The European Commission has proposed a reform of the EU’s pharmaceutical legislation with the primary aim of ensuring affordable and accessible medicines in member states including the UK. Another key objective is to streamline and expedite the process of granting access to newly developed drugs for patients across borders, as the current approval system is viewed as slow and fragmented.
Data indicates significant variations in the availability of new medicines across different EU countries. For example, while approximately 90% of medicines authorized by the European Medicines Agency (EMA) are accessible in Germany, Lithuania only has access to 20% of the approved drugs. Moreover, the time it takes for a drug to enter the UK market after receiving EU registration varies widely. Germany has a relatively short waiting time of approximately 100 days, while Romania experiences delays of up to 900 days (2.5 years), and the Czech Republic takes an average of 1.5 years.
The underlying reasons for these disparities are complex and multifaceted. Studies have shown that differences in rules for approving and reimbursing medicines in various countries contribute to delays and unavailability. In Western Europe, drug pricing processes primarily cause delays, whereas, in Eastern Europe, limitations within the healthcare system itself hinder timely access to medicines. Consequently, pharmaceutical companies face challenges in deciding which countries to offer their medicines to within the UK.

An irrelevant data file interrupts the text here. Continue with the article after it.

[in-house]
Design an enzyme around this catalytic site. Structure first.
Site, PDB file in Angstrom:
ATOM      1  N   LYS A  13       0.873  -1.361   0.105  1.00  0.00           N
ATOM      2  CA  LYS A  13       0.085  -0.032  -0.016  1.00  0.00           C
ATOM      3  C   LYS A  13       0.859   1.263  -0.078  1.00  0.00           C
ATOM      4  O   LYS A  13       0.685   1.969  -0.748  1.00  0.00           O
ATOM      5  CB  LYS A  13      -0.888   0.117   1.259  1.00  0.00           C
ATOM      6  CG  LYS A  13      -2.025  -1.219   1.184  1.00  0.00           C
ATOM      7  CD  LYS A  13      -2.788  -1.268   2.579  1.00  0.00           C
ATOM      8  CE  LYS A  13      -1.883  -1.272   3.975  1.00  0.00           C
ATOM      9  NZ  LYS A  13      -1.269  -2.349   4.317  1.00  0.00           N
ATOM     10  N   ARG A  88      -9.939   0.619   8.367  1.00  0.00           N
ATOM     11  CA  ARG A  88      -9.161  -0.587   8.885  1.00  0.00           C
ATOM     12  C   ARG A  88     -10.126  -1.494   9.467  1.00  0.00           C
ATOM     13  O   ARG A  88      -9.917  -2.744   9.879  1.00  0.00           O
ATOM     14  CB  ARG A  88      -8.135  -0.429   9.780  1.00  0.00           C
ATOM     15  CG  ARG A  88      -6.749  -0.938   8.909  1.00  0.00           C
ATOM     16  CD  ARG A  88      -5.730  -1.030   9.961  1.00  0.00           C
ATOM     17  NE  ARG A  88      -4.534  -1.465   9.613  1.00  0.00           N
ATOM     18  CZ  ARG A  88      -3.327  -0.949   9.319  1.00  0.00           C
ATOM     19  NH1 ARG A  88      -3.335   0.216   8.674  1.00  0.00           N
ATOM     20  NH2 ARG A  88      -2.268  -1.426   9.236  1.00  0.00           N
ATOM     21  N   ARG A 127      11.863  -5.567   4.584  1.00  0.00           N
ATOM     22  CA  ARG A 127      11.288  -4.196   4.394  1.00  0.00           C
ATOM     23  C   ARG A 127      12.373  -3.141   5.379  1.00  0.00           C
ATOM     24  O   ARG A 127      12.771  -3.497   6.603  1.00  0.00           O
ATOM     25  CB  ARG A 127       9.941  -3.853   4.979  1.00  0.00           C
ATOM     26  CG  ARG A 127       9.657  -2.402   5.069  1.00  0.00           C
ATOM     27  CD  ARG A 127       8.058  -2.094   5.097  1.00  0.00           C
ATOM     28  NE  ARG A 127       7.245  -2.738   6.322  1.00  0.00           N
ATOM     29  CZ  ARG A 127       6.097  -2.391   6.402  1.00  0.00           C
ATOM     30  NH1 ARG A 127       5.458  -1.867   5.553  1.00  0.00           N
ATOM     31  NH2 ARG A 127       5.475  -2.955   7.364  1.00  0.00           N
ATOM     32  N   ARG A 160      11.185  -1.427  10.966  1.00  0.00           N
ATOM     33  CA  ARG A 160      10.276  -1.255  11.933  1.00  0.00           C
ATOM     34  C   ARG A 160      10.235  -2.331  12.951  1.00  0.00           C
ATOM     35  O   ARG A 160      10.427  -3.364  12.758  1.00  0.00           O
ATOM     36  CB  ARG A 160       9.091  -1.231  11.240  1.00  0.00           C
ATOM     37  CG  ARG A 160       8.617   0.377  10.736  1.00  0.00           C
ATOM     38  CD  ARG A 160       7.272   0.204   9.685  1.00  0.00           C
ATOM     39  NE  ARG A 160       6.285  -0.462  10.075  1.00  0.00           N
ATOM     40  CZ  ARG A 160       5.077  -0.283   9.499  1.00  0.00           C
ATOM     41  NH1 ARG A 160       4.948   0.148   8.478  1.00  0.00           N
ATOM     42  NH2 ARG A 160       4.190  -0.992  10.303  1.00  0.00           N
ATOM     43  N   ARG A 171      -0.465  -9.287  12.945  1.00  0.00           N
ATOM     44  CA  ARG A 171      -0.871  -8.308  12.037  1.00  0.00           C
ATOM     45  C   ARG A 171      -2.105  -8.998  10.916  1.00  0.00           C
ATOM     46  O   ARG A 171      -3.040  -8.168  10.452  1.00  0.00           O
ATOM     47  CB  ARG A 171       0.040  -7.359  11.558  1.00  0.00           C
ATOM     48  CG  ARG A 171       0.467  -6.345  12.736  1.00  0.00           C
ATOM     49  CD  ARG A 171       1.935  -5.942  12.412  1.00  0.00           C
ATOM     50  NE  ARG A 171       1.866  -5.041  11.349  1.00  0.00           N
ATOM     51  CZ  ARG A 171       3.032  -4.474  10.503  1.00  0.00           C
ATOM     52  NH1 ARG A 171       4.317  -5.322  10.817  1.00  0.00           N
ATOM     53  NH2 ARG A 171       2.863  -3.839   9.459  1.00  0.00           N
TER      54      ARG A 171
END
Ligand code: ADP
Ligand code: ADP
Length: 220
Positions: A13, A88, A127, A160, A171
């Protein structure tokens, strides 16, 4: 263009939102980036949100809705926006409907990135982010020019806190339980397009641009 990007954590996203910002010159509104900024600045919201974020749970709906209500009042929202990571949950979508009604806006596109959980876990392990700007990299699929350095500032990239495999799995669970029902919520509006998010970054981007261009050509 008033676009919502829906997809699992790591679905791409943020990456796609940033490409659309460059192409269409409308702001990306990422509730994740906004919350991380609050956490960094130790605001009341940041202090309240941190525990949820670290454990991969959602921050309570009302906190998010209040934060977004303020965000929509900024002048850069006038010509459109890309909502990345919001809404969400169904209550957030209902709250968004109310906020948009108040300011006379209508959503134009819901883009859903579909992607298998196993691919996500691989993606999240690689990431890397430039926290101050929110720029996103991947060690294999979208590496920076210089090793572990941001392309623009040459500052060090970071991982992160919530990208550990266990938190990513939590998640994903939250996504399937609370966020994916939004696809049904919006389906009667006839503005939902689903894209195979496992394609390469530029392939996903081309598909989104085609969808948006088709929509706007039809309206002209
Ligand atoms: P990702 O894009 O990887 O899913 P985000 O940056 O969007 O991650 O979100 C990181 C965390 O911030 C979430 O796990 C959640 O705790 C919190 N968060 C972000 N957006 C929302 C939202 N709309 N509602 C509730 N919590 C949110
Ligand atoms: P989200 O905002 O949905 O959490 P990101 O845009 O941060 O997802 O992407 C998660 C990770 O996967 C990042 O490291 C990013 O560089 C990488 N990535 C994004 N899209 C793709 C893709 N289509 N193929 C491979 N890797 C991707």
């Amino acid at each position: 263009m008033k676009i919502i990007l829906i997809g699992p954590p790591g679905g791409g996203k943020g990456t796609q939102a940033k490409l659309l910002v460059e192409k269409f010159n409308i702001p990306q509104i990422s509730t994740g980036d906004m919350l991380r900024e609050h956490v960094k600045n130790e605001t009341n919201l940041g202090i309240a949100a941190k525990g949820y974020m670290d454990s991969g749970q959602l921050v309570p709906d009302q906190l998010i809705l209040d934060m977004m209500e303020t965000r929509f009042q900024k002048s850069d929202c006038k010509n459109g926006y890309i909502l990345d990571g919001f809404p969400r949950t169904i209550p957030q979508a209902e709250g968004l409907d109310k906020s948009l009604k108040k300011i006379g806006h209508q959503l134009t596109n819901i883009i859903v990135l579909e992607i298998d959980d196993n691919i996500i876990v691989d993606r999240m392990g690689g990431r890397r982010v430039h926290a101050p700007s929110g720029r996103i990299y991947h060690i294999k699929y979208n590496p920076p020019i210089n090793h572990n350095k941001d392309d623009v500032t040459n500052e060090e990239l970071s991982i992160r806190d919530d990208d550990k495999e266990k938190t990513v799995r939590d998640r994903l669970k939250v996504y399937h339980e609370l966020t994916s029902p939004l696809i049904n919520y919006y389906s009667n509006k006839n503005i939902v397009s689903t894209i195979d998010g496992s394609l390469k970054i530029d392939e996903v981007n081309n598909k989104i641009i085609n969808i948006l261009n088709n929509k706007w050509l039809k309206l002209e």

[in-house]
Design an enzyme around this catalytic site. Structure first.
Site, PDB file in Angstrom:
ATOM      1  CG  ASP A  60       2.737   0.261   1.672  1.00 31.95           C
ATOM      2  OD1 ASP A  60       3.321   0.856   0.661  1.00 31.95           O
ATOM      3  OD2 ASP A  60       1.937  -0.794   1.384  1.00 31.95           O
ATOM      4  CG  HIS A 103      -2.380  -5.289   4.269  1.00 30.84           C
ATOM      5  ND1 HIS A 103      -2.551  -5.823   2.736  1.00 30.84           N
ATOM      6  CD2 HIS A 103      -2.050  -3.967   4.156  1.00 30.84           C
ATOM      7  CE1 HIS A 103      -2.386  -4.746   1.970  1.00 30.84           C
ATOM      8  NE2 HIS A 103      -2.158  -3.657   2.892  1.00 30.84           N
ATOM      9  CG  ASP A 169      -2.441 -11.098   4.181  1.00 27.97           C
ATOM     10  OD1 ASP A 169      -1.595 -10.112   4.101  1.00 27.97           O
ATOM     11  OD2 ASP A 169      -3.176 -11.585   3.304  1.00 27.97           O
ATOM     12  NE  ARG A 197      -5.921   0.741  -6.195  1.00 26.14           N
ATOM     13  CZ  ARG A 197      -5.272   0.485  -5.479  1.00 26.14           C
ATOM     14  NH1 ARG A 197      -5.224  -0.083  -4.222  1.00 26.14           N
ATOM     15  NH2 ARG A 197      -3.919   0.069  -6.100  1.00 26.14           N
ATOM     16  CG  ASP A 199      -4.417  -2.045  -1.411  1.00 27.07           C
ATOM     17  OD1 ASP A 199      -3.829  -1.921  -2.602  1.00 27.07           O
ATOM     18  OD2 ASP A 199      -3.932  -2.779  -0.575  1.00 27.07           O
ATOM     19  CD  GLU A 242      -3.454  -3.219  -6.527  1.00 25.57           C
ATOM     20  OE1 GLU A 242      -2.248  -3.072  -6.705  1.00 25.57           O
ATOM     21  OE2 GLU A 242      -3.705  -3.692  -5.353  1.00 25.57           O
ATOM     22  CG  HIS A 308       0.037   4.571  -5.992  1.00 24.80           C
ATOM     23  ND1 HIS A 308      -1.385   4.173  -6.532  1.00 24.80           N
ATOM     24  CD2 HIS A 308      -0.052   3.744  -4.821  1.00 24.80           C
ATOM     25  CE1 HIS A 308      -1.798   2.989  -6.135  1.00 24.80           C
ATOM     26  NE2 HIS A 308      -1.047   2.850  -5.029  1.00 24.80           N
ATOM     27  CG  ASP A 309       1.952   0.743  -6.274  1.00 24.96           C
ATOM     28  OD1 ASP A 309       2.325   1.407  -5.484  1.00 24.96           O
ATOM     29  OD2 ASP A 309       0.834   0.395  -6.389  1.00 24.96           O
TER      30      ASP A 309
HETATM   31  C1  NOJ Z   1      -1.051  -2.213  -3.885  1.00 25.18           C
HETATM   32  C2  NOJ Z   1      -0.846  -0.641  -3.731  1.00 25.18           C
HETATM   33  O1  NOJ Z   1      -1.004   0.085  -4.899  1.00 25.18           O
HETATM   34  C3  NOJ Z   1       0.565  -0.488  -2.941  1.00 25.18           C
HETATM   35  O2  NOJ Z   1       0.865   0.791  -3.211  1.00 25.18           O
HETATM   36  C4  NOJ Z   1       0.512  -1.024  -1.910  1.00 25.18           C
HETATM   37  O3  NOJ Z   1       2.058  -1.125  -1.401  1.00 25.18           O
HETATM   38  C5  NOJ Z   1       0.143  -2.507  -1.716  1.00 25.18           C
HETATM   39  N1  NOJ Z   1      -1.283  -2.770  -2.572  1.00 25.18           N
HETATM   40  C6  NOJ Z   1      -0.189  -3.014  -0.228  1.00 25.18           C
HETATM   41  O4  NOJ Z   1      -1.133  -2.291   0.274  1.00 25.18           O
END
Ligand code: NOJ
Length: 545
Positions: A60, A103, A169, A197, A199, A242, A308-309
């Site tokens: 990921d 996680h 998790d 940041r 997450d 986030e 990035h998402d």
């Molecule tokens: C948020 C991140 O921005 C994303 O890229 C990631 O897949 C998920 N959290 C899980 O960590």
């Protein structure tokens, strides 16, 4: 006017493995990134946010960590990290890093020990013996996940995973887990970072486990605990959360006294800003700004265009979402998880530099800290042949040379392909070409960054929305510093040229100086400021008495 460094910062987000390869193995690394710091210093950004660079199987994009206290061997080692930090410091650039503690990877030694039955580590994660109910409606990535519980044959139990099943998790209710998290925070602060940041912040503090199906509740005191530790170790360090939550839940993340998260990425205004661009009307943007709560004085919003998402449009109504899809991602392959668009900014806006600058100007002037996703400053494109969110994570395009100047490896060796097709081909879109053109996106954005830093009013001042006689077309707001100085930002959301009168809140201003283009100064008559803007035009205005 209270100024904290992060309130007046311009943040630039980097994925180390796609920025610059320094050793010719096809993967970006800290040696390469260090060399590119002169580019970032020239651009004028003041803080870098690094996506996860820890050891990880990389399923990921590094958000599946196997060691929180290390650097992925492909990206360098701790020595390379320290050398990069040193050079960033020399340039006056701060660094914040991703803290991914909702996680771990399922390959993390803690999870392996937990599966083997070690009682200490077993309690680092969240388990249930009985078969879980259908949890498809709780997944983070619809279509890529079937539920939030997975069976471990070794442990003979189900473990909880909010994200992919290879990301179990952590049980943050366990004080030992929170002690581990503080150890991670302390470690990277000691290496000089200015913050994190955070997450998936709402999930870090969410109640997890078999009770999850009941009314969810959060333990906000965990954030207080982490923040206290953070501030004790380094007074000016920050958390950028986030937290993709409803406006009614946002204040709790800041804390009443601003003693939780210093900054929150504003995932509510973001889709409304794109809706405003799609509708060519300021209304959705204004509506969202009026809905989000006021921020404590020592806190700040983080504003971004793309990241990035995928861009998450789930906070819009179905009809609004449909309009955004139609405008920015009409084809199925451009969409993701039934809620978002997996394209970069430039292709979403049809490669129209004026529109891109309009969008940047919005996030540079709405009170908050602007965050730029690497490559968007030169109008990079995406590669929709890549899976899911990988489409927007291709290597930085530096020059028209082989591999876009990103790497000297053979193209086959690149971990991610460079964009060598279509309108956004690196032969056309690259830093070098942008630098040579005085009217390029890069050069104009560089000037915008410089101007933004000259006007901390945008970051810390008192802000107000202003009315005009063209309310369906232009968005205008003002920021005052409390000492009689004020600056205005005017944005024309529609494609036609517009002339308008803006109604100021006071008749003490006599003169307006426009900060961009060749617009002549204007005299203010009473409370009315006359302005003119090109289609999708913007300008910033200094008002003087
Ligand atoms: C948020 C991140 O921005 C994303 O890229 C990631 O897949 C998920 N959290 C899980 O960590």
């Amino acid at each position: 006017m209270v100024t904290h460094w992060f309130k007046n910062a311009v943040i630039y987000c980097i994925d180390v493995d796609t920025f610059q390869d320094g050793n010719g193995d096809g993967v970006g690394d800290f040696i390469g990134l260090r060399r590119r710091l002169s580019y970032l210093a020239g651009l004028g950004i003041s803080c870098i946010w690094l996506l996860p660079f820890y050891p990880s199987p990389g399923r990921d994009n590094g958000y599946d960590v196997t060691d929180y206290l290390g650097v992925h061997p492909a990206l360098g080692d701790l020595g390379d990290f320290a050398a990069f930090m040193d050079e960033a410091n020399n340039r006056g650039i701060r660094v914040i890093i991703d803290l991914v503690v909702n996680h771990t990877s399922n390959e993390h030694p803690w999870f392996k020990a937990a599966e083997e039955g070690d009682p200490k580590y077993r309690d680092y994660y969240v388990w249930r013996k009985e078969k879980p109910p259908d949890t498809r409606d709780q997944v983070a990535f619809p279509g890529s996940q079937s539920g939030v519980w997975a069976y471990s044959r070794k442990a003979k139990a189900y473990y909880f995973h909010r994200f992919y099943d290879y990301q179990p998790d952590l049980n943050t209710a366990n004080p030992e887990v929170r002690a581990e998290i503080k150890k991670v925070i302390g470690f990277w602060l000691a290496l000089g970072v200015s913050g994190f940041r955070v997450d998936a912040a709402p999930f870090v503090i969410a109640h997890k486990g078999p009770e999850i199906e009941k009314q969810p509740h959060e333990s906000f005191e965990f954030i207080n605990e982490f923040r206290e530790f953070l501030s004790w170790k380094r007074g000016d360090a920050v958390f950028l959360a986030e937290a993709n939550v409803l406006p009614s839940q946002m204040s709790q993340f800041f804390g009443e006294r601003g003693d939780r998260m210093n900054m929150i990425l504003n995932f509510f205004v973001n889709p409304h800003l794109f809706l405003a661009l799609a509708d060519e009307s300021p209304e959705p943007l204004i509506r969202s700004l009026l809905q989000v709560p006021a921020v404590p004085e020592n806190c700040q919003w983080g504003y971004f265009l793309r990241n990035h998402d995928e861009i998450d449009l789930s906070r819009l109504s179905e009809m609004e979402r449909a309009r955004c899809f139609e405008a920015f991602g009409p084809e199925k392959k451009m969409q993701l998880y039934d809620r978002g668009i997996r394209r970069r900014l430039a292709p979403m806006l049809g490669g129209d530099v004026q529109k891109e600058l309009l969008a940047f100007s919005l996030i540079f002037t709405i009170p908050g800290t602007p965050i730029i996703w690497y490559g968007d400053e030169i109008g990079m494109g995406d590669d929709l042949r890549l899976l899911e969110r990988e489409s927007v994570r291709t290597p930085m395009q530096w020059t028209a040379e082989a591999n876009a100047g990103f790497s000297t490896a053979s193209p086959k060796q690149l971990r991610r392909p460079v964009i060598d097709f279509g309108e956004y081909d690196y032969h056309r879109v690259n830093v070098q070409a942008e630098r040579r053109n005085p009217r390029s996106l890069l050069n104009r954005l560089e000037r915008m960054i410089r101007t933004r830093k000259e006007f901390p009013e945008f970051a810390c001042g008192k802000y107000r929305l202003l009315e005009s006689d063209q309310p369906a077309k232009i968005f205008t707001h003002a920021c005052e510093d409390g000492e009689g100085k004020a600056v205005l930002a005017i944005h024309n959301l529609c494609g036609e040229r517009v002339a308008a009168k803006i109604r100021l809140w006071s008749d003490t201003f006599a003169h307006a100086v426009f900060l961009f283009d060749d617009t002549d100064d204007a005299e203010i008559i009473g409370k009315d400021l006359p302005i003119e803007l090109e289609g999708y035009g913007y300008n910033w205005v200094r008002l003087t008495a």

As part of the proposed overhaul of the EU’s pharmaceutical rules, the UK government suggests reducing the number of years of market exclusivity for new drugs. This reduction would result in a shorter period before drug manufacturers face competition from generic alternatives. The standard protection period would be decreased from 10 to eight years, potentially extended only if the company launches the medicine in all EU countries within two years of its EU-wide marketing authorization. This move aims to establish a ‘single market for medicines’ that improves accessibility and stimulates innovation within the UK.
However, pharmaceutical companies, particularly those producing innovative medicines, have expressed reservations about the proposal. They argue that reducing the length of intellectual property (IP) protection could hinder the return on investment in innovation, making the UK a less attractive market. Furthermore, they raise concerns about the condition of extending IP protection in exchange for ensuring the drug reaches patients in all 27 EU countries, questioning how different national health systems would facilitate such a process.
Pharmaceutical manufacturers believe that the proposed rules tie the two-year extension of patent protection directly to the actual marketing of the product, not just the application for entry into the system. They emphasize that the placing on the market, pricing, and reimbursement of the product are entirely within the purview of individual states and beyond the control of private companies, which adds complexity to the reform process. Therefore, while the idea of a single market for medicines is promising, addressing the systemic issues of shortages and delays requires a comprehensive approach within the UK.